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February’s lower gold price is waking up India and China demand, markets are eyeing FOMC meeting minutes this week

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February's lower gold price is waking up India and China demand, markets are eyeing FOMC meeting minutes this week

Gold continued its trend lower Tuesday, but falling prices are boosting demand out of India and China, according to analysts. Markets are shifting their focus to the FOMC meeting minutes this week after repricing Federal Reserve rate hike expectations.

In February, the gold market shed around $100, with April Comex gold futures last trading at $1,845.30 an ounce.

But lower prices are working in favour of the retail buyer in Asia, which suggests there could be a price floor in gold’s recent selloff, said Commerzbank analyst Carsten Fritsch.

This is visible by looking at rising premiums in India and China. “Gold traders in India responded by demanding a premium of $2 per troy ounce on the official local price. The week before they had been forced to grant a discount of $18 per troy ounce. The higher demand is meeting with reduced supply after gold imports were postponed in anticipation of a possible cut in import tax that did not then materialise,” Fritsch noted.

India’s gold imports plummeted 76% in January from a year ago as demand dropped due to rising local prices and higher import duty.

The higher import duty forced jewellers to wait before purchasing more gold, hoping the government would decide to lower the import levy. There was hope that India would cut the import duty in its annual budget presented on February 1. But that didn’t happen. Instead, India raised its silver import duty to align better with gold.

In China, premiums were also raised by local sellers, Fritsch added. “Traders in China raised their price premium to $16-27 per troy ounce from $12-15 in the previous week. Jewellery retailers there are replenishing their stocks following the New Year festivities,” he said Tuesday.

The rising demand points to how price-sensitive gold buyers are in the world’s top two gold-consuming nations.

What this means for the global price of gold is that the overall move down could be limited, Fritsch pointed out. “Though this does not mean that they are able to drive prices significantly up, they can preclude or at least slow any further price fall,” he said.

On the macro level, the gold market is still digesting higher rate hike expectations that were triggered by robust U.S. data published last week.

“Gold fell to a six-week low last week amid hawkish comments from Fed officials. Two higher-than-expected inflation prints saw policymakers Mester and Bullard suggest further aggressive rate hikes may be warranted. The USD and Treasury yields both climbed, creating headwinds for the precious metal,” said ANZ senior commodity strategist Daniel Hynes.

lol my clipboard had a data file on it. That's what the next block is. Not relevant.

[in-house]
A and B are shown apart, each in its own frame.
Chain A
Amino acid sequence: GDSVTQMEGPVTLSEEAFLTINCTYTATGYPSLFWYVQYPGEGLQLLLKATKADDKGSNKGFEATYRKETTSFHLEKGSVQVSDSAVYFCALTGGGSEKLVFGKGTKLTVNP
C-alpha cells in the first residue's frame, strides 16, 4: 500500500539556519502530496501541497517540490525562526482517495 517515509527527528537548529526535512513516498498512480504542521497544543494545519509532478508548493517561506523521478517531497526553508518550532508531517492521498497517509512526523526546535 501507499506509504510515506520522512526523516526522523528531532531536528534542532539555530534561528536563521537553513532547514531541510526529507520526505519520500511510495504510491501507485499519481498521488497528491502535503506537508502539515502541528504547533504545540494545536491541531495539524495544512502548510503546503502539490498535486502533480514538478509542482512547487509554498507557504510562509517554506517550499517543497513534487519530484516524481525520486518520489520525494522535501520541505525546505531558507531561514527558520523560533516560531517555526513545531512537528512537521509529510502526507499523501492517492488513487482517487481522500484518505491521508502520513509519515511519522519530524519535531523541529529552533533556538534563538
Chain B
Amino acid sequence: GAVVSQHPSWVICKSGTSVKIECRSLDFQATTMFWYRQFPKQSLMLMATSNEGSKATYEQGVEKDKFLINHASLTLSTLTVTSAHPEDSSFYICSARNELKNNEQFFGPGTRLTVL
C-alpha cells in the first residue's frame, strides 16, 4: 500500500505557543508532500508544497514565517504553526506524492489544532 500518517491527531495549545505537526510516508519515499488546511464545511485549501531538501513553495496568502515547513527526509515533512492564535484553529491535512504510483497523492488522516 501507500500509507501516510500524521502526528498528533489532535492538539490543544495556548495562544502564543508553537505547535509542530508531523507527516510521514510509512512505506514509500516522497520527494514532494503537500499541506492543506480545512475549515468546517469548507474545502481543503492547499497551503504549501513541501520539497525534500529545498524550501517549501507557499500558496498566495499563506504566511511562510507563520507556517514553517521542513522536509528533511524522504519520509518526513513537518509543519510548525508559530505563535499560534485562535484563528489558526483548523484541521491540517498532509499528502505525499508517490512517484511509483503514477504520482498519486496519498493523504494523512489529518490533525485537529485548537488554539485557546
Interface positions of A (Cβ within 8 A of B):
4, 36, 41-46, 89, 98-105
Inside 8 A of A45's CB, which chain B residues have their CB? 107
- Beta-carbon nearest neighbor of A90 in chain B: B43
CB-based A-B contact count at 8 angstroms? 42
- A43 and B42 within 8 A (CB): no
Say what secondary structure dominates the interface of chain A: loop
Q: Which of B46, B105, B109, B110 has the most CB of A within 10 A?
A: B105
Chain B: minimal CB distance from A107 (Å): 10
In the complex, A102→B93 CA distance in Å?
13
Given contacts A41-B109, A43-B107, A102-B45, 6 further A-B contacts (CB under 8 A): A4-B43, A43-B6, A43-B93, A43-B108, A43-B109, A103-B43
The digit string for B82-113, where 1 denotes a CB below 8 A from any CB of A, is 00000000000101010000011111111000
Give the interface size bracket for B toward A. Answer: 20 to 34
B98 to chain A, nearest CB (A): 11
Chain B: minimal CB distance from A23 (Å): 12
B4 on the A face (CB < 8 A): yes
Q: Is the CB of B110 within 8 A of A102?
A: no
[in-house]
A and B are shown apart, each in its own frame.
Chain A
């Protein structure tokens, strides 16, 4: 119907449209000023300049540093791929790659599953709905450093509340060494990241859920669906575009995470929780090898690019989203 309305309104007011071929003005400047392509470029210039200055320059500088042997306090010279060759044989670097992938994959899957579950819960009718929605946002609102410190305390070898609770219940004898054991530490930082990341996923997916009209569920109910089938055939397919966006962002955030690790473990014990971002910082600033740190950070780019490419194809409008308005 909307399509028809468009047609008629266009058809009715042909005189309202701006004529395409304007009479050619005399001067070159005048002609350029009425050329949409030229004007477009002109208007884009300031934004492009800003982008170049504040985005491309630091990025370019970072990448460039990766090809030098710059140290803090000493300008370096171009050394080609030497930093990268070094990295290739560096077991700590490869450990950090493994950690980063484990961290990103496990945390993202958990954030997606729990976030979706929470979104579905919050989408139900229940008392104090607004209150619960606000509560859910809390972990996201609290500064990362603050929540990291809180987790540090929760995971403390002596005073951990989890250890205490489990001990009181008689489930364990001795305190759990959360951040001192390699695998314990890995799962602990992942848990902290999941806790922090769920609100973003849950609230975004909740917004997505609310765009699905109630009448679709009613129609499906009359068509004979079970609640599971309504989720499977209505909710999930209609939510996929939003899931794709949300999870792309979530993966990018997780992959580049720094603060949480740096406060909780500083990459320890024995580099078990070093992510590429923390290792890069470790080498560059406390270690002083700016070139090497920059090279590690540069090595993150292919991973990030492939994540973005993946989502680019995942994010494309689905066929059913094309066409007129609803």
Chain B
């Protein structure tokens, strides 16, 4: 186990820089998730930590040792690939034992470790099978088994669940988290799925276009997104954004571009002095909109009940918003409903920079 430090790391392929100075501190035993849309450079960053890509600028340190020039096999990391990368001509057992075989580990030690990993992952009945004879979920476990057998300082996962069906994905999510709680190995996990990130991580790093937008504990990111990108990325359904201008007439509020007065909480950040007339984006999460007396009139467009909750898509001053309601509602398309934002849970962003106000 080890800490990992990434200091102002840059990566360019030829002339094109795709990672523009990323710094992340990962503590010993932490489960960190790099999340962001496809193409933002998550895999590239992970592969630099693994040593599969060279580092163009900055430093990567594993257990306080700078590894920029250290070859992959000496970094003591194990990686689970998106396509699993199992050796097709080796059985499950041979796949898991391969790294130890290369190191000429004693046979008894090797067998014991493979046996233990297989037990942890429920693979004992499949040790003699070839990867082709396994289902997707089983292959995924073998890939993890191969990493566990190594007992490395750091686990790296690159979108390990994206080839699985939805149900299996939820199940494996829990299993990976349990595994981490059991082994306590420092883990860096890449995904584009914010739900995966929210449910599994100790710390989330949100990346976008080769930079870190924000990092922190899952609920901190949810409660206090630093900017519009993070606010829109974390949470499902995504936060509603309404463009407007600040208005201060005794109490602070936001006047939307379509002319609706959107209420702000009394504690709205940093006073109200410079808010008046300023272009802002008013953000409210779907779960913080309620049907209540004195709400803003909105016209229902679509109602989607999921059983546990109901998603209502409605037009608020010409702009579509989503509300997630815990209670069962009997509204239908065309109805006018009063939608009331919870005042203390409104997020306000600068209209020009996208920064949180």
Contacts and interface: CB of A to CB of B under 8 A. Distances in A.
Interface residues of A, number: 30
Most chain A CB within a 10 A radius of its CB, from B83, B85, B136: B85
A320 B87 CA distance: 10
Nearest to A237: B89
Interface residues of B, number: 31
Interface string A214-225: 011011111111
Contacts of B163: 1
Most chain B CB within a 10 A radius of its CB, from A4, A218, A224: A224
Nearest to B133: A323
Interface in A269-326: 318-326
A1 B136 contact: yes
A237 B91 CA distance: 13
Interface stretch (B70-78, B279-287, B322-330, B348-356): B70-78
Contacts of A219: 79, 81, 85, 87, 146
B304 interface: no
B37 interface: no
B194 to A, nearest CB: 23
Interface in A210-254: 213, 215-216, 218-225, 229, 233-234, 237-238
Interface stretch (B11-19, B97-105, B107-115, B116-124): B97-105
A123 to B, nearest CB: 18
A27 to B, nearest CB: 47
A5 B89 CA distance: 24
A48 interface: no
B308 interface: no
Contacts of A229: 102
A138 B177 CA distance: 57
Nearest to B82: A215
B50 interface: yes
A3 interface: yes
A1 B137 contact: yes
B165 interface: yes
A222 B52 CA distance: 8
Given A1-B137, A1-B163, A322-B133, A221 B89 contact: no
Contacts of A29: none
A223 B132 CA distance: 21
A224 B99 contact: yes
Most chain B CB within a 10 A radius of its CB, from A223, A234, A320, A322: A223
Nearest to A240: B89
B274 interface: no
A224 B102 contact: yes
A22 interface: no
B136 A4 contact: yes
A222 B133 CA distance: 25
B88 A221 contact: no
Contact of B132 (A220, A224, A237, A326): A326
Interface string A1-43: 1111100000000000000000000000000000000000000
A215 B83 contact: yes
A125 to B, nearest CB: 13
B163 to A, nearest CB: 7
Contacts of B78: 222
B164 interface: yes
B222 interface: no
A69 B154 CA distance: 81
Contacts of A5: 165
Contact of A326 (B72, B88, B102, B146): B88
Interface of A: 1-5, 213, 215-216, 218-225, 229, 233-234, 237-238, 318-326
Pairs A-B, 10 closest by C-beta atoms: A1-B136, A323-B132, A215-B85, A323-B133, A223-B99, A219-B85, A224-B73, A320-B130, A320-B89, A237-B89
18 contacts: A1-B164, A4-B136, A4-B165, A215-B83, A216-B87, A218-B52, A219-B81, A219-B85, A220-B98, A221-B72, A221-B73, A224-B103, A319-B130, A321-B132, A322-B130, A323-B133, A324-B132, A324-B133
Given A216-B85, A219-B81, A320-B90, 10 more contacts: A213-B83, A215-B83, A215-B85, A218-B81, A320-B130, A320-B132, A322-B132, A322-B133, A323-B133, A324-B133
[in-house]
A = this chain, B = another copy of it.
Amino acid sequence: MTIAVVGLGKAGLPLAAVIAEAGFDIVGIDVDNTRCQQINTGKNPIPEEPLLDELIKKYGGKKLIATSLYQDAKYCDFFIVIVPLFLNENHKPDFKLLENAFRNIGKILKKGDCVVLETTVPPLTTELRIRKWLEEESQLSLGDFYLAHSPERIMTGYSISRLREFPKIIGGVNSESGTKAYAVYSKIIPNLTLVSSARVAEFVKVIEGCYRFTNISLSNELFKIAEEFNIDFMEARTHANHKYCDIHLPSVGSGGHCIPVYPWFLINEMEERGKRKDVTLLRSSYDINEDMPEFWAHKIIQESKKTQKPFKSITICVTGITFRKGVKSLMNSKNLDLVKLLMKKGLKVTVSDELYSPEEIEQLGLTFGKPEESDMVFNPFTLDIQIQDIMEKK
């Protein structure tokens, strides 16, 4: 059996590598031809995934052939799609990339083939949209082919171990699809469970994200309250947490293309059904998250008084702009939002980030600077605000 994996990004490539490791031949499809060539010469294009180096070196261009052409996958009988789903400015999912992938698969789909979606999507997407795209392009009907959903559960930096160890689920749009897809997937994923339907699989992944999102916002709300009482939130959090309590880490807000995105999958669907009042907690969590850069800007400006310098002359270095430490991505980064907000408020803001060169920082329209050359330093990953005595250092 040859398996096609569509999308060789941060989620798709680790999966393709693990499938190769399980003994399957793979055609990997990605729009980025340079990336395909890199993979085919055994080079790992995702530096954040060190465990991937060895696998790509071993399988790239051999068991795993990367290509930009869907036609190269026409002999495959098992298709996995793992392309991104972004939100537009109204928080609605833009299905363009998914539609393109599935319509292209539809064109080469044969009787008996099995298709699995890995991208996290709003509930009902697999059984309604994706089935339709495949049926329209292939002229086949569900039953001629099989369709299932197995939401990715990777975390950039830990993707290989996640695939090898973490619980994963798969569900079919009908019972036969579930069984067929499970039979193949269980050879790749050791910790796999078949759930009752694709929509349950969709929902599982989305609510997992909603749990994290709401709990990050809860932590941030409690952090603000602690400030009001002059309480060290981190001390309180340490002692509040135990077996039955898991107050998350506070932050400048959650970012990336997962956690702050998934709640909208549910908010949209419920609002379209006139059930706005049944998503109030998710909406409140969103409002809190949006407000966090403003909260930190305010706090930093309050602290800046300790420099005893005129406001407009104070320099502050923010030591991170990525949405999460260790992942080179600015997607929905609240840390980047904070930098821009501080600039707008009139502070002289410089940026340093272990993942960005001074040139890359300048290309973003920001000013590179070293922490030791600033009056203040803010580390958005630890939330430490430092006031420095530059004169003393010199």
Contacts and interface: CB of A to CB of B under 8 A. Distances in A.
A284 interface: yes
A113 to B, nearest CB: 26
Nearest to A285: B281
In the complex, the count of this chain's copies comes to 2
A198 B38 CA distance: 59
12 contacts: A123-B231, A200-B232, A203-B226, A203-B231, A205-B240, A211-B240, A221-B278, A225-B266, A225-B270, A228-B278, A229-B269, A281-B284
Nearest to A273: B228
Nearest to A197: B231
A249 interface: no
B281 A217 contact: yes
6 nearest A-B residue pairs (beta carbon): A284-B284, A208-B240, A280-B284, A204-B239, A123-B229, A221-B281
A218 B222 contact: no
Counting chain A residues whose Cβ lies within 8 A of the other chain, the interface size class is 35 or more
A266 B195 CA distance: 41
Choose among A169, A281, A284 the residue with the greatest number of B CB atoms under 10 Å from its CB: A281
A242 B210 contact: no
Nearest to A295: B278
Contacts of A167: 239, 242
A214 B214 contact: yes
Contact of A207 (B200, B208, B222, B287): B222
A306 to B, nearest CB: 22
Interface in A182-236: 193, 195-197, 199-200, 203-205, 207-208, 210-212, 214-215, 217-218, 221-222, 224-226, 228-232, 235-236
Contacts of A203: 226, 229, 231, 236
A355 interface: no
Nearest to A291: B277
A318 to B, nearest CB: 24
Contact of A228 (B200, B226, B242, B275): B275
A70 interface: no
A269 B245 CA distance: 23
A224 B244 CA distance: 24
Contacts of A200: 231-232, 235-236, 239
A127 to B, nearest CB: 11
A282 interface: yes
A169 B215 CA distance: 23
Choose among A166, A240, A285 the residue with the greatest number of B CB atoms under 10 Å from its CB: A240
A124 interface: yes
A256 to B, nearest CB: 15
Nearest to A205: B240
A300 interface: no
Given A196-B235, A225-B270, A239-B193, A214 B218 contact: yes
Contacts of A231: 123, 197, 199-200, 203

This week all eyes are on the FOMC meeting minutes from February, but analysts note that its impact will be limited due to its timing. The last Fed meeting took place before the strong U.S. jobs and higher-than-expected inflation reports were released.

“The minutes from the Federal Open Market Committee meeting from three weeks ago should provide better insight into how hawkish the Fed remains after recent remarks by central bankers that suggested a return to 50 basis point hikes was on the cards. These hawkish comments were the trigger for gold’s price fall, so holders of the precious metal will be hoping that the minutes prove more dovish,” said Kinesis Money market analyst Rupert Rowling.

Markets are worried that due to stubborn inflation and a strong economy, the Fed could return to 50-basis-point hikes. But many analysts do not agree with this view.

“Having done 25bp in February, we think this will be the standard incremental move from now on,” said ING chief international economist James Knightley.

His outlook is that the strength in the economy that the U.S. saw in January was likely only temporary. “The big shifts in weather may have simply meant that spending that would have been done in February and March may have been brought forward, leaving open the possibility of a correction over the next couple of months,” Knightley said.

Other data releases markets are closely monitoring include Thursday’s U.S. GDP Q4 and Friday’s U.S. PCE price index.

Courtesy: Kitco News

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